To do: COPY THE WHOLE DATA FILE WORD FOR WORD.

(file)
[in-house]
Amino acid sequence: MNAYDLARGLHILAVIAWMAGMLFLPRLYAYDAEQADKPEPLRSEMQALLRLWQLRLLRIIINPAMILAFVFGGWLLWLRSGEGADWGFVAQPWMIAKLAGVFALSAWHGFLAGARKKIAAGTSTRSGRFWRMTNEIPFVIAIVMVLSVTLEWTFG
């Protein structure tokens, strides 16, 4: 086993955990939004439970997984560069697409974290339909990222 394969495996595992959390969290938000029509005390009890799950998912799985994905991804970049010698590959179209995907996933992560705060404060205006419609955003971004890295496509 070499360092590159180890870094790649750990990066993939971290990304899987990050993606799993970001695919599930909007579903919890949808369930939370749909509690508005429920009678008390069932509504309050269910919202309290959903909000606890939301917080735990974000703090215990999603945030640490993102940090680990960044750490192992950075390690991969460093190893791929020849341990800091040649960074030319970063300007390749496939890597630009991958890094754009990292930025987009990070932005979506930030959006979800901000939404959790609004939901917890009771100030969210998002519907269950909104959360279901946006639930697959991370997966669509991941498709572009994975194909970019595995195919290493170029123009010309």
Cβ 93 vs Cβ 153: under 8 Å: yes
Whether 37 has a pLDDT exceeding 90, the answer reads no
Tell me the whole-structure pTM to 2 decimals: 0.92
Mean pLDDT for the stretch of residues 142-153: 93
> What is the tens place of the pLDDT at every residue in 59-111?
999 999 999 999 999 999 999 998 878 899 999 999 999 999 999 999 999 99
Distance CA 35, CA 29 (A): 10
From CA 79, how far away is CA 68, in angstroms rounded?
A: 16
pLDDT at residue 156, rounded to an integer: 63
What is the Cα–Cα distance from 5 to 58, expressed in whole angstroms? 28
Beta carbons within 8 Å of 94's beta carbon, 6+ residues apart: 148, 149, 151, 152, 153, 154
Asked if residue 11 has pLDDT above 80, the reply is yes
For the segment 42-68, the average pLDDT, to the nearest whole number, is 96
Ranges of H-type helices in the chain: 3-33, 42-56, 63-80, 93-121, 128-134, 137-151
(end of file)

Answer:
[in-house]
Amino acid sequence: MNAYDLARGLHILAVIAWMAGMLFLPRLYAYDAEQADKPEPLRSEMQALLRLWQLRLLRIIINPAMILAFVFGGWLLWLRSGEGADWGFVAQPWMIAKLAGVFALSAWHGFLAGARKKIAAGTSTRSGRFWRMTNEIPFVIAIVMVLSVTLEWTFG
């Protein structure tokens, strides 16, 4: 086993955990939004439970997984560069697409974290339909990222 394969495996595992959390969290938000029509005390009890799950998912799985994905991804970049010698590959179209995907996933992560705060404060205006419609955003971004890295496509 070499360092590159180890870094790649750990990066993939971290990304899987990050993606799993970001695919599930909007579903919890949808369930939370749909509690508005429920009678008390069932509504309050269910919202309290959903909000606890939301917080735990974000703090215990999603945030640490993102940090680990960044750490192992950075390690991969460093190893791929020849341990800091040649960074030319970063300007390749496939890597630009991958890094754009990292930025987009990070932005979506930030959006979800901000939404959790609004939901917890009771100030969210998002519907269950909104959360279901946006639930697959991370997966669509991941498709572009994975194909970019595995195919290493170029123009010309």
Cβ 93 vs Cβ 153: under 8 Å: yes
Whether 37 has a pLDDT exceeding 90, the answer reads no
Tell me the whole-structure pTM to 2 decimals: 0.92
Mean pLDDT for the stretch of residues 142-153: 93
> What is the tens place of the pLDDT at every residue in 59-111?
999 999 999 999 999 999 999 998 878 899 999 999 999 999 999 999 999 99
Distance CA 35, CA 29 (A): 10
From CA 79, how far away is CA 68, in angstroms rounded?
A: 16
pLDDT at residue 156, rounded to an integer: 63
What is the Cα–Cα distance from 5 to 58, expressed in whole angstroms? 28
Beta carbons within 8 Å of 94's beta carbon, 6+ residues apart: 148, 149, 151, 152, 153, 154
Asked if residue 11 has pLDDT above 80, the reply is yes
For the segment 42-68, the average pLDDT, to the nearest whole number, is 96
Ranges of H-type helices in the chain: 3-33, 42-56, 63-80, 93-121, 128-134, 137-151